Of course, ‘our sex is not a body part. It is inscribed into the DNA of every cell in our bodies’ and a male cannot be changed into a female. But Money was able to persuade many Americans that he’d managed to do just that. His most famous alleged success story related to a little boy, David Reimer, whose circumcision had gone wrong. Money persuaded David’s parents to allow him to surgically change the child’s genitalia to make him appear female, and he instructed them to bring the child up as a little girl. This did not end well. The child insisted, in the end, on affirming his true biological identity, but the systematic abuse received over many years from the doctor who was supposed to be caring for him meant that ultimately he committed suicide.
In 1968, Sex and Gender by Robert J Stoller was published, arguing that ‘sex’ is biological (what we are born as), and ‘gender’ is social (what we learn through socialisation).
By the 1970s, as the ideas of postmodernism gained ground, reality itself came to be regarded as ‘socially constructed’. What it meant to be male or female came to be seen as socially constructed as well. Radical feminists challenged the ‘oppression’ of sex roles, and some, such as Judith Butler, began questioning any distinctions between male and female.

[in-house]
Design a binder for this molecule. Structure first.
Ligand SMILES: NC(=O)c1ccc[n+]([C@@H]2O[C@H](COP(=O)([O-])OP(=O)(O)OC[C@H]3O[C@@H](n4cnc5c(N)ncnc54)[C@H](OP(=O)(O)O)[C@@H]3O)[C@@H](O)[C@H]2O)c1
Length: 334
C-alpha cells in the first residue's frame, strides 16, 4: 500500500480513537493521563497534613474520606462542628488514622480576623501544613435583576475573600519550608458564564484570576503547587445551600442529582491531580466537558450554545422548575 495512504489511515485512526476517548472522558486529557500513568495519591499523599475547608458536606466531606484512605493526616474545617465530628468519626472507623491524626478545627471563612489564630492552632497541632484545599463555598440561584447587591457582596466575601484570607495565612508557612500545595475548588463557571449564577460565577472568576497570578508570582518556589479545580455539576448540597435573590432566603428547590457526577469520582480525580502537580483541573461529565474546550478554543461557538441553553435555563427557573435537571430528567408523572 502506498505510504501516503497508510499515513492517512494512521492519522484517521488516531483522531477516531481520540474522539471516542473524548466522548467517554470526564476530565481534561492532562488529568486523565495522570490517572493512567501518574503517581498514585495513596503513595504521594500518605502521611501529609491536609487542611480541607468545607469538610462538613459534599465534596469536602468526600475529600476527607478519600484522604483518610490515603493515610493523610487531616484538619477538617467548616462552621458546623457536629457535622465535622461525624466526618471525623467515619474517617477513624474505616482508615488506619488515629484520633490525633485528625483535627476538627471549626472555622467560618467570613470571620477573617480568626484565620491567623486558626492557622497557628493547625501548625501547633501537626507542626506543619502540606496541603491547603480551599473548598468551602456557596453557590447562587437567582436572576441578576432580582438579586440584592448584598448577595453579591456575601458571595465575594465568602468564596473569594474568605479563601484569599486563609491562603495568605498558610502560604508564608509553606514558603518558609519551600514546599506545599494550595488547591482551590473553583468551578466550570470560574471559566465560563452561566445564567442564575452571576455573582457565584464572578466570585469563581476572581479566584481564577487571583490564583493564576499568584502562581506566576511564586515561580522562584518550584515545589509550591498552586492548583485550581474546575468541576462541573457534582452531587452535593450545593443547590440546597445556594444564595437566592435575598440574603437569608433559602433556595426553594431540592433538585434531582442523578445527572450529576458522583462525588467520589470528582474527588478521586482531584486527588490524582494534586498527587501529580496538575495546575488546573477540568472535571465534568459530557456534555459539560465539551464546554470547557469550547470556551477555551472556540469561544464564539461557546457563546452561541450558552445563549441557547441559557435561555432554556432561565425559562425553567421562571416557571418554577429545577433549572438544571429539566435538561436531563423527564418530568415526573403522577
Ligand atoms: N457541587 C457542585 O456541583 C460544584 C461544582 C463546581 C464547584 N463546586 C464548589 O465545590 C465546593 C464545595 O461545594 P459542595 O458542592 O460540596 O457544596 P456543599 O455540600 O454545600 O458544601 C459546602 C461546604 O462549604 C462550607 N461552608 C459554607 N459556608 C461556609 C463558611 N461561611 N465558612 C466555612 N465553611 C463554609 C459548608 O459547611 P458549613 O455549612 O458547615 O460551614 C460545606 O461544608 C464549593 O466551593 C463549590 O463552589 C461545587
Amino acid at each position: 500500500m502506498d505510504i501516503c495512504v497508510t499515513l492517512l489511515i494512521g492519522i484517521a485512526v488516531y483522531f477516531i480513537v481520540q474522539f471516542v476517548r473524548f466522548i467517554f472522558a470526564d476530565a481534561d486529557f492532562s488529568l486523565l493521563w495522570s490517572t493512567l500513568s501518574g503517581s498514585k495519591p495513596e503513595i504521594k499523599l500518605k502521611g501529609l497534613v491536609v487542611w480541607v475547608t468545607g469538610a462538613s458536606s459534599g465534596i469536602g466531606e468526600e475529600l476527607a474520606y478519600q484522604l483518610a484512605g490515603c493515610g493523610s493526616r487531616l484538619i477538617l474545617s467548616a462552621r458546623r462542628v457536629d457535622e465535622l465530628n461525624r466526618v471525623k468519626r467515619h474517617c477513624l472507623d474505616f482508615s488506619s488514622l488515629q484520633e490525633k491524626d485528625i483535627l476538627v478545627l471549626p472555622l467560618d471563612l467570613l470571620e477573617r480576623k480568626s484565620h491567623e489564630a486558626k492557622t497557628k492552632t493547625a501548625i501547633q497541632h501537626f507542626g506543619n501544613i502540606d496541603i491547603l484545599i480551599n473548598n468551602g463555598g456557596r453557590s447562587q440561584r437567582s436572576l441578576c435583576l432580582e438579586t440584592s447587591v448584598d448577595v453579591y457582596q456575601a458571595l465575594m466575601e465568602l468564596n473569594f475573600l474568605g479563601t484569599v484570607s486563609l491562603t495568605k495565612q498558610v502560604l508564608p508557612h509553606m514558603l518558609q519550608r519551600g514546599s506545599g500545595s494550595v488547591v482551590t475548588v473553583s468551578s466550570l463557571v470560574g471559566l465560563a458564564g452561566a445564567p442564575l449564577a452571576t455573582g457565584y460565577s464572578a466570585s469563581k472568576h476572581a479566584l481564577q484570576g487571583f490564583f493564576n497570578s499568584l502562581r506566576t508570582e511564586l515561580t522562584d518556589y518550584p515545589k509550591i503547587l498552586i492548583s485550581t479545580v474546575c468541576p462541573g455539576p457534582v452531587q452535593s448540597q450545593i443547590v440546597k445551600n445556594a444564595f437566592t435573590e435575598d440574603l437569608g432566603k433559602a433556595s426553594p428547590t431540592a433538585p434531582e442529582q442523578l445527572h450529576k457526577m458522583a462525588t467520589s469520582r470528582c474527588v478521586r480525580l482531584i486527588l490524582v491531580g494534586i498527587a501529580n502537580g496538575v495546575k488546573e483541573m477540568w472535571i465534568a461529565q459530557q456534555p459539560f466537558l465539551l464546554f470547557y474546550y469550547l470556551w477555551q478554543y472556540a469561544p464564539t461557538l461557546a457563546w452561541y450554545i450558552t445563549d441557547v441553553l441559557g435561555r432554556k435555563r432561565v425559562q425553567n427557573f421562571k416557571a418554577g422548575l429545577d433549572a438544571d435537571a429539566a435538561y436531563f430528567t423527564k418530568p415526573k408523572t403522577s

The transsexual cause underwent a setback during the 1970s. Dr Meyer and Professor Paul McHugh conducted a survey of 50 transsexuals who had been treated at the Johns Hopkins Gender Identity Clinic. Professor McHugh had been the senior psychiatrist at Johns Hopkins. He explained that those who had undergone ‘sex reassignment’ surgery were little improved in their psychological condition afterwards. He writes:
‘Hopkins was fundamentally cooperating with a mental illness. We psychiatrists, I thought, would do better to concentrate on trying to fix their minds and not their genitals.’
The Johns Hopkins Gender Identity Clinic stopped performing ‘sex reassignment’ operations, as did many university-based gender clinics, but surgeons continued to perform these operations elsewhere.